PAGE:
RE5's story is sort of a mixed bag. It's not a masterpiece, to be sure, and the largest plot hook and spoiler is extremely obvious. Abandoning its horror roots for a decidedly more action packed style, RE5 is full of explosions, impossible maneuvers, and of course there's a car chase present. The story wants to be the focus, but recognizing it as such only detracts from the overall experience, so let's throw it to the side for now.

RE5 is a game you will either like or hate. So I'll discuss it in a different format then usual.

The game's graphics are beautiful. The environments are incredibly detailed, there's a multitude of effects in use, such as dust kick up, light reflection, and motion blur. After playing this game, its tough not take these things for granted. Explosions are satisfying and look awesome, and while your typical grunt zombies do get old after awhile, other forms are rather creative, and most certainly gruesome. If there's one thing to be said about this game, its gruesome at times. People die in a large variety of ways.

The co-op delivers. You're not doing this game justice playing it solo. Grab a friend, either online or offline, and play it in co-op. You'll have a blast, I promise. Everything about this game promotes teamwork. The inventory system, most of the bosses, the HUD, and there frequent times when you can vault a partner up to check out another area. One of my favorite team oriented parts is right before you first face the chainsaw wielder, where you vault Sheva across to another roof. You could let your buddy try to fend for herself in the next building, but I always have a sniper rifle handy, so I descended one floor and covered her from the balcony. It was a blast. Before each level you're able to buy new weapons and items, and re-arrange your inventory, as well as upgrade your weapons. Its important to strategize with your friend and make sure each person's weapon arsenal complements the other's.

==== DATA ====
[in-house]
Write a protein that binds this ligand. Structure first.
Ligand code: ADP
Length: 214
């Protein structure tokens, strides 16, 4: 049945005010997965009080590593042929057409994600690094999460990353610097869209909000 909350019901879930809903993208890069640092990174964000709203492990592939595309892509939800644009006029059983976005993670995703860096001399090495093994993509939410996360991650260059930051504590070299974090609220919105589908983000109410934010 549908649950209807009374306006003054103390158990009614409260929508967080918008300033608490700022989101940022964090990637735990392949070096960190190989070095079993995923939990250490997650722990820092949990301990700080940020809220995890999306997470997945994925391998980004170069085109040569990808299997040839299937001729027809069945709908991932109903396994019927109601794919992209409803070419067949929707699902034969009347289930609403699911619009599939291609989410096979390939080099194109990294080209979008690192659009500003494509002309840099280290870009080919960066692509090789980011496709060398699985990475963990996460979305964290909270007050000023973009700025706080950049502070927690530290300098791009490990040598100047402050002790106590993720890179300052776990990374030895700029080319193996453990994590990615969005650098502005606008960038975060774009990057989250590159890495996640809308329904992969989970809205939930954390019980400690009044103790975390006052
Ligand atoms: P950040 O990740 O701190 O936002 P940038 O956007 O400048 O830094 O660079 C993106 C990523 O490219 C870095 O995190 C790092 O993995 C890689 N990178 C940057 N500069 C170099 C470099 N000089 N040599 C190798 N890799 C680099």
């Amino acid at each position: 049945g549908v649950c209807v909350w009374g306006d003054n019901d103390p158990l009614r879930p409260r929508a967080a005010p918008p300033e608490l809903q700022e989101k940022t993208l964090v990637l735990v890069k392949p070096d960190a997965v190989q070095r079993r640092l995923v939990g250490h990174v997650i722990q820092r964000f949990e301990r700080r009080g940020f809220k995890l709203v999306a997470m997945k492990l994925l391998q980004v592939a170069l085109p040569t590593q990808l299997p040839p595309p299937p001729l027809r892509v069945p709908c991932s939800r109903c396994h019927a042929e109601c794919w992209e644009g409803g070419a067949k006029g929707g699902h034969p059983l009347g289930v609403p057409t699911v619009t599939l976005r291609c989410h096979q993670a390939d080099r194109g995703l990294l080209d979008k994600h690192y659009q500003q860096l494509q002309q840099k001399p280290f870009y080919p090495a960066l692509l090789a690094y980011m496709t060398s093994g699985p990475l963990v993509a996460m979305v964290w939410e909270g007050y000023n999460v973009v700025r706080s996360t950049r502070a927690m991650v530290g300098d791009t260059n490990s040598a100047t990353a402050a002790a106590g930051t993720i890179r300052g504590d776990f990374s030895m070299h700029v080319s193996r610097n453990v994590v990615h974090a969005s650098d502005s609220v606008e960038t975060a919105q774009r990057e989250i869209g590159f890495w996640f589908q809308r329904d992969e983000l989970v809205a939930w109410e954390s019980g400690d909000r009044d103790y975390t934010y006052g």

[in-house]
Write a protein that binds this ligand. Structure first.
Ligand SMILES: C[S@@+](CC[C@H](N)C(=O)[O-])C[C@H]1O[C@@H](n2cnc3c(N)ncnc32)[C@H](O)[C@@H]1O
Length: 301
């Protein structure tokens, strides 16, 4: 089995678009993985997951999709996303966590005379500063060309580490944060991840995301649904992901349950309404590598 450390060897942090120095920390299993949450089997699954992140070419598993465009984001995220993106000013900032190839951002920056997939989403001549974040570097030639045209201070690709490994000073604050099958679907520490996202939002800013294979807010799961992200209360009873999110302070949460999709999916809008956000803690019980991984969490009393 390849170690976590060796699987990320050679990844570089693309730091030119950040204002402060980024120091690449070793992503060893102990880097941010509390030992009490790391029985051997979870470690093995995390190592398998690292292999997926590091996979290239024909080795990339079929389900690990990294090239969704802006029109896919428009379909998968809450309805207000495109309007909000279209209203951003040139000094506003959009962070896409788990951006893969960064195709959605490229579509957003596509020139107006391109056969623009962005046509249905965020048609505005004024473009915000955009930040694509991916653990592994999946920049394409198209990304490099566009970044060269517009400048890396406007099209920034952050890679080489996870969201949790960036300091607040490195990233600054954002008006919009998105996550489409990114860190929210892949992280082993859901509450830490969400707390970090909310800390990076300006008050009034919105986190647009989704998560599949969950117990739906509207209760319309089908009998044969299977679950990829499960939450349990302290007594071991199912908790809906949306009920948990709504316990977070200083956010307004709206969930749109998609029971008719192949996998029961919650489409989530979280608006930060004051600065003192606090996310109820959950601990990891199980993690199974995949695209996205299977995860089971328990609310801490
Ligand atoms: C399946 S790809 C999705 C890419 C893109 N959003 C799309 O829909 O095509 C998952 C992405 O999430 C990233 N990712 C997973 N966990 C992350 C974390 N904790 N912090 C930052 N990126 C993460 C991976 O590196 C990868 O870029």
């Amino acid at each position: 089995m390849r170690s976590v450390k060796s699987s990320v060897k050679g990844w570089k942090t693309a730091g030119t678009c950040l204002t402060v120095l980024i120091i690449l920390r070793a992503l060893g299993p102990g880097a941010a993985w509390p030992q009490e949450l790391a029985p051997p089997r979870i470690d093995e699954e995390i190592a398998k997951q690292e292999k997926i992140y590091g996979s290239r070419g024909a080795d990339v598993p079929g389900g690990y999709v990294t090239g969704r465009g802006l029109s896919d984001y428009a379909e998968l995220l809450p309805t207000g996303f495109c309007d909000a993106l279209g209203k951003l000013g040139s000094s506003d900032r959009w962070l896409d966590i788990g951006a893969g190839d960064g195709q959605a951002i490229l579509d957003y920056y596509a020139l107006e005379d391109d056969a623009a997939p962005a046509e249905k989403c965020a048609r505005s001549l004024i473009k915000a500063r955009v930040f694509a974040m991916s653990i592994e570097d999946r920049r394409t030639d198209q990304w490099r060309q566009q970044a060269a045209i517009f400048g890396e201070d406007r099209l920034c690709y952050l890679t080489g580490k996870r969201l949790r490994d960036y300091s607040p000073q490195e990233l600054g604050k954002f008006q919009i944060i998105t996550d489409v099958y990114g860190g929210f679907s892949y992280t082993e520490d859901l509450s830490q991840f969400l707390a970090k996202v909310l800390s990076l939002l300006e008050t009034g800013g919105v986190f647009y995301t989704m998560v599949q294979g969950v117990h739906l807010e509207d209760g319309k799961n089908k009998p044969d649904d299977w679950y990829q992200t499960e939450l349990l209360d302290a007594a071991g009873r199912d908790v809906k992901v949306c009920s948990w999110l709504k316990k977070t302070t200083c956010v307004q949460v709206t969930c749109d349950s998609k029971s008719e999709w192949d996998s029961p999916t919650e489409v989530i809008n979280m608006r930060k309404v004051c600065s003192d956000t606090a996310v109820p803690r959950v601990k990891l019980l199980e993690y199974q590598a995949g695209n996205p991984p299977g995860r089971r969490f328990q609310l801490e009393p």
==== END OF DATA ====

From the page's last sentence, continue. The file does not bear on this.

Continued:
This game can be seriously adrenaline pumping and exciting at times, which goes hand in hand with the co-op. Like during the public assembly level, when we had to hold out for a few minutes against a seemingly never ending hoard of zombies, accompanied by the Executioner. When you or your partner takes too hits, they'll go into DYING status, where they can do nothing but slowly stumble around, and have only seconds until they die. You have to get over there and quickly either slap an adrenaline booster into them or, if you have one, use an herb. This is sorta like the revival system in Gears of War 2. There is almost no let up in action. The few moments of downtime always feel like they are building up towards another burst of excitement. The suspense can make the fainthearted nervous. Even the cutscenes can and likely will kill you.

The game is filled to bursting with replay value. Trophies/Achievements and the cooperative multiplayer aside, there's a lot of weapons in the game, each of which can be individually upgraded. When you fully upgrade a weapon, you can choose to buy the option to have infinite ammo for that weapon. There's also costumes, figurines, and other stuff to unlock with special points that are earned basically by playing the game, and also by seeking out and destroying BSAA emblems, of which there are 30, scattered all around the campaign. Chris and Sheva also have their own secret special weapons to be unlocked and bought, and once you beat the game for the first time, you unlock the Mercenaries mode, which challenges you to off as many enemies as you can. There are also leaderboards, and I'm pretty sure versus multiplayer is on its way too.